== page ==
The size of the reference radiograph (14"x17") may be cut to custom fit a particular digitisation system (down to 8"x10") and still contain all of the necessary targets.
|Fig 5: Scan results, profile plots, transfer curves and density contrast sensitivity of the Laser scanner LS85 SDR (Lumisys, U.S.A.), 50 µm pixel size, 12 bit logarithmic digitisation|
|Fig 6: Scan results and profile plots of the CCD scanner "Image Master" (DBA Systems, USA), 70 µm pixel size, 16 bit linear digitisation, transfer curves and achieved density contrast sensitivity (after merging)|
|Fig 7: Scan results and profile plots of the medical CCD scanner "SCITRON" (MDC Kiel, Germany), 70 µm pixel size, 15 bit digitisation; achieved density contrast sensitivity with an intensity proportional transfer curve|
|Fig 8: Scan results and profile plots of the CCD camera "MEGA Plus" (Kodak), 70 µm pixel size, 10 bit digitisation; achieved density contrast sensitivity with an intensity proportional transfer curve|
The essential result of this comparison is the determination of the working and density ranges of each digitisation system. Within the densities of the working range the digitisation system has a density contrast sensitivity DDCS better than 0.02. A summary of all investigated systems is shown in Tab.1.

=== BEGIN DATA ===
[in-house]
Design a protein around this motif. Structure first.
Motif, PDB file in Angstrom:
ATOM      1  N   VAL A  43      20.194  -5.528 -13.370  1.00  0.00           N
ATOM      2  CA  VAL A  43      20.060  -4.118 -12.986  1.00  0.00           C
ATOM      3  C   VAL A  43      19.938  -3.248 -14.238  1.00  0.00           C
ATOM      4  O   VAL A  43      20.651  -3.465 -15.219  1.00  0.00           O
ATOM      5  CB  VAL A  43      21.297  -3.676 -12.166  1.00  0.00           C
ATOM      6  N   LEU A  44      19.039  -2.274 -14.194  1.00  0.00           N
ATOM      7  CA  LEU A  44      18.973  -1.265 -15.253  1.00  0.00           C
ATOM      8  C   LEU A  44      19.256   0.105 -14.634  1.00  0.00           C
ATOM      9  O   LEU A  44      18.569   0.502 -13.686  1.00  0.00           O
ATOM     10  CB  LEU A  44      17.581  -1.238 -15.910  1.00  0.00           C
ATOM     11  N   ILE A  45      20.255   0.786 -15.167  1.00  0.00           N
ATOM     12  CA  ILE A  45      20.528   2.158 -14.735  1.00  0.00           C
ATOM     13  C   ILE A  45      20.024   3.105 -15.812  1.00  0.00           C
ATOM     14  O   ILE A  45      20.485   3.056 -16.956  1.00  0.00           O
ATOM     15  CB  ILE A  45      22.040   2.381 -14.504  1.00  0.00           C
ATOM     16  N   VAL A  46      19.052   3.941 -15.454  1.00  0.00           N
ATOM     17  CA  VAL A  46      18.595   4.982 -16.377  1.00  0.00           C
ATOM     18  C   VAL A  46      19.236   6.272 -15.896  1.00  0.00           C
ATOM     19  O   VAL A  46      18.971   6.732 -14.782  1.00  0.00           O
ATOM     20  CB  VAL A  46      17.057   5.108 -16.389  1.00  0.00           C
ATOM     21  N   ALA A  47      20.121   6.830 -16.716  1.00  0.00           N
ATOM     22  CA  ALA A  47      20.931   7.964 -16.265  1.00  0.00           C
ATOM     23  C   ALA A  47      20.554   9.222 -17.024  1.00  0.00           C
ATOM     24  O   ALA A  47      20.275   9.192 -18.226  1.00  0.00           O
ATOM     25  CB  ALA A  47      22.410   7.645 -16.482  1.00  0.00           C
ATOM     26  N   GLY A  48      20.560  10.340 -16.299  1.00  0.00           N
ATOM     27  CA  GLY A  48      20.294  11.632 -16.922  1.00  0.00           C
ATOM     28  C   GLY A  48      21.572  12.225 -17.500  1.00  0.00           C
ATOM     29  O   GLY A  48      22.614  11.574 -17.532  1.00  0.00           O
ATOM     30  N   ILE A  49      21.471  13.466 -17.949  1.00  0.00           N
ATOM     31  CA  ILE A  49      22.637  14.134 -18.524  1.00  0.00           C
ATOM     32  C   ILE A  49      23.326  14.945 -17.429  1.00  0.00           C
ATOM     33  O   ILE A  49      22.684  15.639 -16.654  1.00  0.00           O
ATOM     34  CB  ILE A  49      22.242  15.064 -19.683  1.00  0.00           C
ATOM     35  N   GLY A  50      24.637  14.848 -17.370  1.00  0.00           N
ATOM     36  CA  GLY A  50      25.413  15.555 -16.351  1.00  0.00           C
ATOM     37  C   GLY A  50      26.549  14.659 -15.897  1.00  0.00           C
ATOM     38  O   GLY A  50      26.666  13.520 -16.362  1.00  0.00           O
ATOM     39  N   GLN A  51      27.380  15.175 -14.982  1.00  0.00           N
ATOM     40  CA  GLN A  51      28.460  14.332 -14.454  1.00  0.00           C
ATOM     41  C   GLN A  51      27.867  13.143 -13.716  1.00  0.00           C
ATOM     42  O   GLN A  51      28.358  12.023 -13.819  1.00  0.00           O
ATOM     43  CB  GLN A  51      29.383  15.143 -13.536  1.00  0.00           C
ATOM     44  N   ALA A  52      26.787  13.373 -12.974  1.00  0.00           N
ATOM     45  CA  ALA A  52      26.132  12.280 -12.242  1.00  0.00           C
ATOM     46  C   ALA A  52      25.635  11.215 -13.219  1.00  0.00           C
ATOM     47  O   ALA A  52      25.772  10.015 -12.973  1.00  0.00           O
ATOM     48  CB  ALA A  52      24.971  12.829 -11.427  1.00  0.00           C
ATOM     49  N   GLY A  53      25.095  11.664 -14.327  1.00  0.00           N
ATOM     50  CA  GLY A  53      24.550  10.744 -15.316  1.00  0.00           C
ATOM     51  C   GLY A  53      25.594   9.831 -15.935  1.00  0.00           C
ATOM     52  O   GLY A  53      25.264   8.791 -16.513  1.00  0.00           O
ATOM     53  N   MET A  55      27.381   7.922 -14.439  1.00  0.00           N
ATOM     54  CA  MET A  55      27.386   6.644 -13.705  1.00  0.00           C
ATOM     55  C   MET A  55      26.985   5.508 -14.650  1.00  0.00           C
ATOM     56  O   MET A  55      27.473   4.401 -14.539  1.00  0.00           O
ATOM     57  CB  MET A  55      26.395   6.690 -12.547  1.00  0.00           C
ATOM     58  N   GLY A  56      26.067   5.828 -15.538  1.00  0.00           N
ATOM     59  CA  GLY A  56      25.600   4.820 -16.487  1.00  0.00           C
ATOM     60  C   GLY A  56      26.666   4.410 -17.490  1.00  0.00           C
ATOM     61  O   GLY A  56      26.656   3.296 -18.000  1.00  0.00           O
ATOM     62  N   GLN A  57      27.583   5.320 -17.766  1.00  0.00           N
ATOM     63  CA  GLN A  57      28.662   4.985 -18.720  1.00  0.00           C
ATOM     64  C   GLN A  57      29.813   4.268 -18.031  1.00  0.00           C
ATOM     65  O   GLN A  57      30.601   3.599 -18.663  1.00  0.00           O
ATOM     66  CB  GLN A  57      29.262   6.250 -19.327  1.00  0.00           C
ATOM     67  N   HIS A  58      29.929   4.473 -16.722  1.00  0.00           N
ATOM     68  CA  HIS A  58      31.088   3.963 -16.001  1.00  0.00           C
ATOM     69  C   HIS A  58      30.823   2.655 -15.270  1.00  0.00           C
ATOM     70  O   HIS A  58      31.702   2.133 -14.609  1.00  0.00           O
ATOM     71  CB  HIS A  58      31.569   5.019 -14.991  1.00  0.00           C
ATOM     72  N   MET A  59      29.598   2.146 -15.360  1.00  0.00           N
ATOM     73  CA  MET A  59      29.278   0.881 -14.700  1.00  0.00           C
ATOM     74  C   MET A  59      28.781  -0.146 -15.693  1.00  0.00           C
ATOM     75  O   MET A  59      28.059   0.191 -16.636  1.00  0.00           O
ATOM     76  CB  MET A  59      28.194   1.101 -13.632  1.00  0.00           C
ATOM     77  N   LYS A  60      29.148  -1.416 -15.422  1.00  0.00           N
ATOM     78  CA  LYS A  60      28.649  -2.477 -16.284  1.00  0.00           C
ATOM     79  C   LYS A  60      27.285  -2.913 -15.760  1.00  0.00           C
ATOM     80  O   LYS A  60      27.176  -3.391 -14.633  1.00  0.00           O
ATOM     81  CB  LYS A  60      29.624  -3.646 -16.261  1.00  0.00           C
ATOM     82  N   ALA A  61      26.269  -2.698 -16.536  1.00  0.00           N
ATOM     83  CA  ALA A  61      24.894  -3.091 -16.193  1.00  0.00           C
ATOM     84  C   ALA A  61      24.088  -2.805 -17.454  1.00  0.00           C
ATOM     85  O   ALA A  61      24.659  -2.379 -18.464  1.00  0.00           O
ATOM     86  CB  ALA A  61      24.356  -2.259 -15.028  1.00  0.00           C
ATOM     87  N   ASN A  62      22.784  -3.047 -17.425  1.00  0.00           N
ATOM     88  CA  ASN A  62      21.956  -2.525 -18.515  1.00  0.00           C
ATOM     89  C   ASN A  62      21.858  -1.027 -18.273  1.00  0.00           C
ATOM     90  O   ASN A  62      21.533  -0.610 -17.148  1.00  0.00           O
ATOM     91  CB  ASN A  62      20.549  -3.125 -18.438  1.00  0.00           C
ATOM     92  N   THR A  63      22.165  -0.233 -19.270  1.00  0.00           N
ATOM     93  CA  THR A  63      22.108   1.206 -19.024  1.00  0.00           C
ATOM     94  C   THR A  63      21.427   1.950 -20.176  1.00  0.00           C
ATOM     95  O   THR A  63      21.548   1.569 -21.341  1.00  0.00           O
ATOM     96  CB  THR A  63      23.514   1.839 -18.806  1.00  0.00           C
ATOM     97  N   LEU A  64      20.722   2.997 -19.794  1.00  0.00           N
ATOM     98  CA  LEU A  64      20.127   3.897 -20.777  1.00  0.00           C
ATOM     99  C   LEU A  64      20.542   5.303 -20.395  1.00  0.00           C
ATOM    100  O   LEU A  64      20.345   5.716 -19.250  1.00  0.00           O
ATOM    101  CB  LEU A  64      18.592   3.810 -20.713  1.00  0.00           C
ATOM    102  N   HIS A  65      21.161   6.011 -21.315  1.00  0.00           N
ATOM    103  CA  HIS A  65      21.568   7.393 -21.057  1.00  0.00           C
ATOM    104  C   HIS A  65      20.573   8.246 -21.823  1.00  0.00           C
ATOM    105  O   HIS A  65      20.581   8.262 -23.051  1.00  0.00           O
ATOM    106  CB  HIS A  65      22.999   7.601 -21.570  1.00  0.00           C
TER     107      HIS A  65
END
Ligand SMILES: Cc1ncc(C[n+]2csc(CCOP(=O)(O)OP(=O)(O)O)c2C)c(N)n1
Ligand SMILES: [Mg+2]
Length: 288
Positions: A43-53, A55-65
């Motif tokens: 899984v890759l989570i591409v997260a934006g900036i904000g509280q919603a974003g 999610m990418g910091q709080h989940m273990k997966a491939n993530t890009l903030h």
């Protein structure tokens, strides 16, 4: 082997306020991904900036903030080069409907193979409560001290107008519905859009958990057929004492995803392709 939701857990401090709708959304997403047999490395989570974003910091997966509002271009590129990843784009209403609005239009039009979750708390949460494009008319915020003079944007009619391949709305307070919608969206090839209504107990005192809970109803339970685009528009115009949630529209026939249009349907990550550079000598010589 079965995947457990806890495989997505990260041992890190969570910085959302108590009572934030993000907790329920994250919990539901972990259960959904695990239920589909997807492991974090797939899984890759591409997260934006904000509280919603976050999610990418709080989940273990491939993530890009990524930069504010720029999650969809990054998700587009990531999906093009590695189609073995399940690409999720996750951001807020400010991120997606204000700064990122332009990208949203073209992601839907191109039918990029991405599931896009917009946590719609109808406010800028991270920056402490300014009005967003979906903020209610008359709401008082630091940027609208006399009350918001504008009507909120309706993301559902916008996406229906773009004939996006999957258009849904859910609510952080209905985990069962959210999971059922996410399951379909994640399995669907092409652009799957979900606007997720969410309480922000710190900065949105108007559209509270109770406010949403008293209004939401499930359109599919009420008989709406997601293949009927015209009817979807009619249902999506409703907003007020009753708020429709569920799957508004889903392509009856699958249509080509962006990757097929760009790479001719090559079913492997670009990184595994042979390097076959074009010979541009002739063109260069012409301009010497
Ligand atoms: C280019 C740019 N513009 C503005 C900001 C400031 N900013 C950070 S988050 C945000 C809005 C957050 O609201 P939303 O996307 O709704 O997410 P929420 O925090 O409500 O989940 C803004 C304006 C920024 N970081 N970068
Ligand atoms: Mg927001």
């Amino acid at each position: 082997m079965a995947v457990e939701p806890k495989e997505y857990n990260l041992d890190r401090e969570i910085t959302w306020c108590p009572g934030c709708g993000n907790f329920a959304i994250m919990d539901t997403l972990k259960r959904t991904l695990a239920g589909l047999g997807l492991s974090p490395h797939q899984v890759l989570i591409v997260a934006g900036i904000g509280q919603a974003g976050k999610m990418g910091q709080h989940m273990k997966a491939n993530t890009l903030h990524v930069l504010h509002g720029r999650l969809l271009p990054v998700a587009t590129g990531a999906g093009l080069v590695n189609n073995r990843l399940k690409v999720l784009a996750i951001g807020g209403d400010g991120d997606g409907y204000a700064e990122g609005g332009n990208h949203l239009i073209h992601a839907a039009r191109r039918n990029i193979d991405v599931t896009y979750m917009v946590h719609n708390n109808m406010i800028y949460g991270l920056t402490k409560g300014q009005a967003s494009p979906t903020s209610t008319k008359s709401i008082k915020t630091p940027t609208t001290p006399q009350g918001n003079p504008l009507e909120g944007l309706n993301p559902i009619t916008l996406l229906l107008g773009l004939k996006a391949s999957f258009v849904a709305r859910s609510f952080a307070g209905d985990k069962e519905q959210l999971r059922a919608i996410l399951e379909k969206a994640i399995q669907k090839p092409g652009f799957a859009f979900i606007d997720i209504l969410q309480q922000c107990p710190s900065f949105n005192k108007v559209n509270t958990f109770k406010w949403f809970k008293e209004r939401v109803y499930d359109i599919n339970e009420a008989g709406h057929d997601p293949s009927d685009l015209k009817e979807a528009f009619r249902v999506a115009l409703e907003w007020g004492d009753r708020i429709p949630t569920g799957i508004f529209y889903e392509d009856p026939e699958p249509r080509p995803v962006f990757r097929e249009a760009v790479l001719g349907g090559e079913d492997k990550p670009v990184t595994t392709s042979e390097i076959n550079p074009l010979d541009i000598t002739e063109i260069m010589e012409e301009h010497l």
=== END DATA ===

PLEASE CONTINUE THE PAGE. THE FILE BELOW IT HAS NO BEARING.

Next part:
|Scanner Type||DD of the Working Range with Contrast Sensitivity DDCS < 0.02||Density Range in which the Working Range is adjustable|
|Video Camera Sony AVC-D5 5122 Pixel, 8 Bit||0.7||adjustable in |
|CCD Camera Kodak Mega Plus 10242 Pixel, 10 Bit||1.0||adjustable in |
0 ... 4
|DTP Scanner Sharp JX-610 DIN A3, 12 Bit||1.0||adjustable in|
0 ... 1.3
|CCD Scanner DBA NDT-Scan II 14"x17", 12 Bit||1.9||7 fixed working ranges |
in 0 ... 4.0
|Medical CCD Scanner Scitron FD 60 14"x17", 15 Bit||2.0||fixed working range,|
0 ... 2.0
|CCD Scanner Vidar Diagnostic Pro 14"x17", 12 Bit||2.0||fixed working range,|
0 ... 2.0
|Laser Scanner CISE Alasca 14"x17", 12 Bit log||3.0||2 fixed working ranges,|
0 ... 3.0 and
1.0 ... 4.0
|Laser Scanner Lumisys LS 85 SDR 14"x17", 12 Bit log||3.5||2 fixed working ranges,|
0 ... 3.5 and
1.0 ... 4.5
|CCD Scanner DBA Image Master 14"x>17", 16 Bit||4.0 (after merging)||adjustable in|
0 ... 5.0
|Table 1: Ranking of investigated scanning systems according to the working range with a density contrast sensitivity better than 0.02|